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If we set aside the pretense that this – thing – is an election, and look at it as it is better understood – as a military engagement – then it goes from intolerably dull, to rather fascinating.

Hilary Clinton is not a great general, but a very good one – perhaps as good as Robert E. Lee in his generalship, and he was nearly great.  Donald Trump has fought and lost an epic battle by reason of his own flaws in generalship.

The election resembles the Battle of Cannae to me.  Clinton set out a strategy, organized the operational progress, and drilled the tactical skills of her army to such a degree that they executed their operations flawlessly and effortlessly.  Her operations resembled Hannibal’s plan in the ambush at Lake Trasimene – not inherently brilliant, but astonishingly effective.

We Americans have become simpletons in understanding military matters.  We imagine all struggles to be that of two sole gladiators, not of armies.  It is the reason we frequently misunderstand what is going on.  It is the reason that the USSR fell to the surprise of the United States and its CIA.  That utterly baffled our intelligence divisions, because we could not appreciate strategic organization and its collapse.  In World War II, the difference between the Nazis and the Fascists did not hinge on subtleties of Hitler’s personality or Mussolini’s – it was the function of the organizations which they commanded.

Her victory – and I am calling this election as a fait accompli – was a work of Jomini, or perhaps a demonstration of what McClellan might have been like, had he a lick of initiative or balls.  Hilary managed a precisely structured machine that was effectively used.  The media campaign and destruction of the GOP/Trump machine was flawless.  This machine has been built for eight years on the wreckage of her ignominious loss to Obama, where she lost from the character flaw of arrogance, and perhaps too much reliance on Bill Clinton.  I suspect that she respects his insight a little too much.  I think she learned to keep her own counsel; and this is promising about her capacity to become President.  But her machine has been continuously tuned since 2008, and it performed flawlessly.

Remember, the Hilary Clinton Machine is not the sort of thing that we pretend that “political organizations” are.  It is much closer to the darkness of Nixon than to the happy-horseshit chatter in the civics class.  That is fairy-tale politics, as phony as the pretense that the televised “debates” were debates.  The strain on one’s credulity to even half-heartedly take that assertion seriously causes the critical minds of the rest of the world to boggle in trying to comprehend American elections.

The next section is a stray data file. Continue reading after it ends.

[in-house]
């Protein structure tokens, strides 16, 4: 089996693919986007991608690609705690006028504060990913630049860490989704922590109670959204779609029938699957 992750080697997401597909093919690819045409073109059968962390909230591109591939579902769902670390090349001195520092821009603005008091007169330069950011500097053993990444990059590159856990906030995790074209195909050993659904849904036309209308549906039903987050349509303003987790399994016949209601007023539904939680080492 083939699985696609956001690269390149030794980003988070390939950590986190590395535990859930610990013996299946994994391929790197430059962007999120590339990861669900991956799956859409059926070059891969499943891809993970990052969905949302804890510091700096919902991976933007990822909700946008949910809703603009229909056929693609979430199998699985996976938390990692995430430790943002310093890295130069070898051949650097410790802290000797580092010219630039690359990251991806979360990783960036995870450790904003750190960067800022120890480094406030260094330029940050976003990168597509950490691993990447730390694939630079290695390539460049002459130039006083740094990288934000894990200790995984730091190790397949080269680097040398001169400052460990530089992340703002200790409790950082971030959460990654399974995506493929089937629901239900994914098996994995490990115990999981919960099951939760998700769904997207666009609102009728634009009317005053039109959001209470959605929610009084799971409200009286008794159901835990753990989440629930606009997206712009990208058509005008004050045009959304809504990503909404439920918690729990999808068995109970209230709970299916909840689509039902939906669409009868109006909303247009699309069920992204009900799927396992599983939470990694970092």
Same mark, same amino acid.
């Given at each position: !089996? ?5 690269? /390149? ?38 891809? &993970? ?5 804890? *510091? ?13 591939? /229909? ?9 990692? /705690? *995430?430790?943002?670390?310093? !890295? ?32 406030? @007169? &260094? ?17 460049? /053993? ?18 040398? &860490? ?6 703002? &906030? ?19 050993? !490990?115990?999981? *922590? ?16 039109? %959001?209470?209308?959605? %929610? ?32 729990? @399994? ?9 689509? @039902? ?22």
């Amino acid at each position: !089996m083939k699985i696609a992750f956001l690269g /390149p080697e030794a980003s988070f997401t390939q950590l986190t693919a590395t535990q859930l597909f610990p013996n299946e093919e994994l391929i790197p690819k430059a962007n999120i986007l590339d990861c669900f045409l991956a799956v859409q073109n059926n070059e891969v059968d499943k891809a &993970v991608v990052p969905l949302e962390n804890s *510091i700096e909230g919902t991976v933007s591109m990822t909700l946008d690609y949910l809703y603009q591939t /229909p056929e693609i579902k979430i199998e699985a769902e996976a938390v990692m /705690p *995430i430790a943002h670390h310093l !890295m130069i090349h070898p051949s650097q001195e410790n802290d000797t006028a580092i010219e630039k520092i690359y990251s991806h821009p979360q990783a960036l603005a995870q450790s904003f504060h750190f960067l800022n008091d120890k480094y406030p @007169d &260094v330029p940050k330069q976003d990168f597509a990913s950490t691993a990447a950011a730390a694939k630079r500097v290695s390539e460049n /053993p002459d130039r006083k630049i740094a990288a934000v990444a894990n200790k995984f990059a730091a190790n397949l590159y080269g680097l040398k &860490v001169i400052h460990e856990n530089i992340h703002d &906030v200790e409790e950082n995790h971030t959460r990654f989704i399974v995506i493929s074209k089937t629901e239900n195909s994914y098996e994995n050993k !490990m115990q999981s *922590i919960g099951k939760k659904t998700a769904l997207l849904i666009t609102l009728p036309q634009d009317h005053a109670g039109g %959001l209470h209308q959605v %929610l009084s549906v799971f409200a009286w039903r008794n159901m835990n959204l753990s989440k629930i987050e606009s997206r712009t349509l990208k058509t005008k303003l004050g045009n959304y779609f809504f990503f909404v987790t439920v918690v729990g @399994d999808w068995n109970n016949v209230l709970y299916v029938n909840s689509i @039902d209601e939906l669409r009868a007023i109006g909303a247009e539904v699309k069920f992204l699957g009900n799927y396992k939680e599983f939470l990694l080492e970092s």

Her career over the last eight years has shown embarrassing sloppiness, such as the e-mails and the failure to firewall her involvement in the Clinton Foundation.  Those are problems of poor PR, not of character flaws; I do not think there is much to be said for her character, as it all is eclipsed by ambition.

The Battle of Chickamauga in the US Civil War contained an isolated and singular f*ckup by Union General Rosecrans.  He moved his troops inexcusably, so as to create a horrific gap in the Union lines, which were torn apart.  Trump is that bad a general, as Rosecrans.  His conduct of the campaign reminds me of the actions of Guy of Lusignan and his the idiot Crusaders in the Battle of the Horns of Hattin in the 1100’s.

Guy would have triumphed had he only stayed in his castle and hidden under his bed for a year, perhaps less.  Saladin, his opponent, showed unimpressive judgment in threatening to invest an impregnable castle in a siege which was utterly impossible to execute.  Guy obligingly rode out of his utterly defensible castle to an utterly indefensible landmark which was thoroughly overrun, Guy’s army destroyed.

Trump is that bad a general.

He commanded a militia movement, with all its strengths and weaknesses.  Militias are neither effective in movement nor in communication.  Once he won the GOP nomination, he failed to exploit the GOP for its capacity as a signals corps or election advisors.  The reason that militias essentially went extinct in the 1800’s is their weakness above.  The few independent militias of the North in the Civil War were ineffective to the point of nonexistence.

On the other hand, the “Army of the Confederacy” was more a confederacy of armies; local aggregates of militias combined under State authority, and assembled into a field force.  This was American military strategy; the North followed Prussian strategy, which was much the inferior.  The North won on the ability for industrial might – enough machine regiments can crush less tightly organized forces merely under their weight.  That is Late Napoleonic warfare; barely a shadow of that of early Napoleon, and given its fullest expression, and loss, at Waterloo.

[To be continued]